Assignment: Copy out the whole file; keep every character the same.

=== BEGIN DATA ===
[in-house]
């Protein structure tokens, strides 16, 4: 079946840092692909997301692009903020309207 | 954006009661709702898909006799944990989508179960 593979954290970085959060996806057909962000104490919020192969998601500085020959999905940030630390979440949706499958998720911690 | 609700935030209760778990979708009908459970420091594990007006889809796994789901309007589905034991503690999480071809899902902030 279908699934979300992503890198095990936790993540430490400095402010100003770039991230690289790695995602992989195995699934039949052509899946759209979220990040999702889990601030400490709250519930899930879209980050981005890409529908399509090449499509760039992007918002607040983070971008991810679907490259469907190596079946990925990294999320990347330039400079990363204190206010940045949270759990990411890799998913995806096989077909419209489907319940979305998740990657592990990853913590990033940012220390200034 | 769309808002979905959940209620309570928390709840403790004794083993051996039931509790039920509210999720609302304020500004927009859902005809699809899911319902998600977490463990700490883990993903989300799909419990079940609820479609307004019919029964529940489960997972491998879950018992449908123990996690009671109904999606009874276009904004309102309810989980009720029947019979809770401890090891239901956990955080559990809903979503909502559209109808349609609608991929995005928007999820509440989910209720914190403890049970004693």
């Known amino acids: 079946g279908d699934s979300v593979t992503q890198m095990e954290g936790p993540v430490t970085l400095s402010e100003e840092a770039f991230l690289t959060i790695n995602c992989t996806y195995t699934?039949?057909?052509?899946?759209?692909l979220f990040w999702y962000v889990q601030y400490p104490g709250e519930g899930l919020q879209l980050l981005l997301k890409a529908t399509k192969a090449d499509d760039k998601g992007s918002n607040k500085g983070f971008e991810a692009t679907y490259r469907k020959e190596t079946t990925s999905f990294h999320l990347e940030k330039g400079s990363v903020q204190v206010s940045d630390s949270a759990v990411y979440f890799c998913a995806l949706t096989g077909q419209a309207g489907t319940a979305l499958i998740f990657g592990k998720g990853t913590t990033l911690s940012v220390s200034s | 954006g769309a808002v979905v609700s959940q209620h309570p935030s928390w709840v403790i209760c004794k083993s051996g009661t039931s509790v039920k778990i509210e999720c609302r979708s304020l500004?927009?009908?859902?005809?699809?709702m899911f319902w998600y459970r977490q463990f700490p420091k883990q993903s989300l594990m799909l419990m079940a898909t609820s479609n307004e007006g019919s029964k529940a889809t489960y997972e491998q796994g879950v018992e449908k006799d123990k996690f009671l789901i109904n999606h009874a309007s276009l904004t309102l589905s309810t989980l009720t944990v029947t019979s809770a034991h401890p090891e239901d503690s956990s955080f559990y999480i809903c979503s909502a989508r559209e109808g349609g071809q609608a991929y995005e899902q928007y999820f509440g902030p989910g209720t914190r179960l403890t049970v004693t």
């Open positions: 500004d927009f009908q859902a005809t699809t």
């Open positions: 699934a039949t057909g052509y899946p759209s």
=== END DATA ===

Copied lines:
[in-house]
């Protein structure tokens, strides 16, 4: 079946840092692909997301692009903020309207 | 954006009661709702898909006799944990989508179960 593979954290970085959060996806057909962000104490919020192969998601500085020959999905940030630390979440949706499958998720911690 | 609700935030209760778990979708009908459970420091594990007006889809796994789901309007589905034991503690999480071809899902902030 279908699934979300992503890198095990936790993540430490400095402010100003770039991230690289790695995602992989195995699934039949052509899946759209979220990040999702889990601030400490709250519930899930879209980050981005890409529908399509090449499509760039992007918002607040983070971008991810679907490259469907190596079946990925990294999320990347330039400079990363204190206010940045949270759990990411890799998913995806096989077909419209489907319940979305998740990657592990990853913590990033940012220390200034 | 769309808002979905959940209620309570928390709840403790004794083993051996039931509790039920509210999720609302304020500004927009859902005809699809899911319902998600977490463990700490883990993903989300799909419990079940609820479609307004019919029964529940489960997972491998879950018992449908123990996690009671109904999606009874276009904004309102309810989980009720029947019979809770401890090891239901956990955080559990809903979503909502559209109808349609609608991929995005928007999820509440989910209720914190403890049970004693």
């Known amino acids: 079946g279908d699934s979300v593979t992503q890198m095990e954290g936790p993540v430490t970085l400095s402010e100003e840092a770039f991230l690289t959060i790695n995602c992989t996806y195995t699934?039949?057909?052509?899946?759209?692909l979220f990040w999702y962000v889990q601030y400490p104490g709250e519930g899930l919020q879209l980050l981005l997301k890409a529908t399509k192969a090449d499509d760039k998601g992007s918002n607040k500085g983070f971008e991810a692009t679907y490259r469907k020959e190596t079946t990925s999905f990294h999320l990347e940030k330039g400079s990363v903020q204190v206010s940045d630390s949270a759990v990411y979440f890799c998913a995806l949706t096989g077909q419209a309207g489907t319940a979305l499958i998740f990657g592990k998720g990853t913590t990033l911690s940012v220390s200034s | 954006g769309a808002v979905v609700s959940q209620h309570p935030s928390w709840v403790i209760c004794k083993s051996g009661t039931s509790v039920k778990i509210e999720c609302r979708s304020l500004?927009?009908?859902?005809?699809?709702m899911f319902w998600y459970r977490q463990f700490p420091k883990q993903s989300l594990m799909l419990m079940a898909t609820s479609n307004e007006g019919s029964k529940a889809t489960y997972e491998q796994g879950v018992e449908k006799d123990k996690f009671l789901i109904n999606h009874a309007s276009l904004t309102l589905s309810t989980l009720t944990v029947t019979s809770a034991h401890p090891e239901d503690s956990s955080f559990y999480i809903c979503s909502a989508r559209e109808g349609g071809q609608a991929y995005e899902q928007y999820f509440g902030p989910g209720t914190r179960l403890t049970v004693t």
């Open positions: 500004d927009f009908q859902a005809t699809t």
């Open positions: 699934a039949t057909g052509y899946p759209s």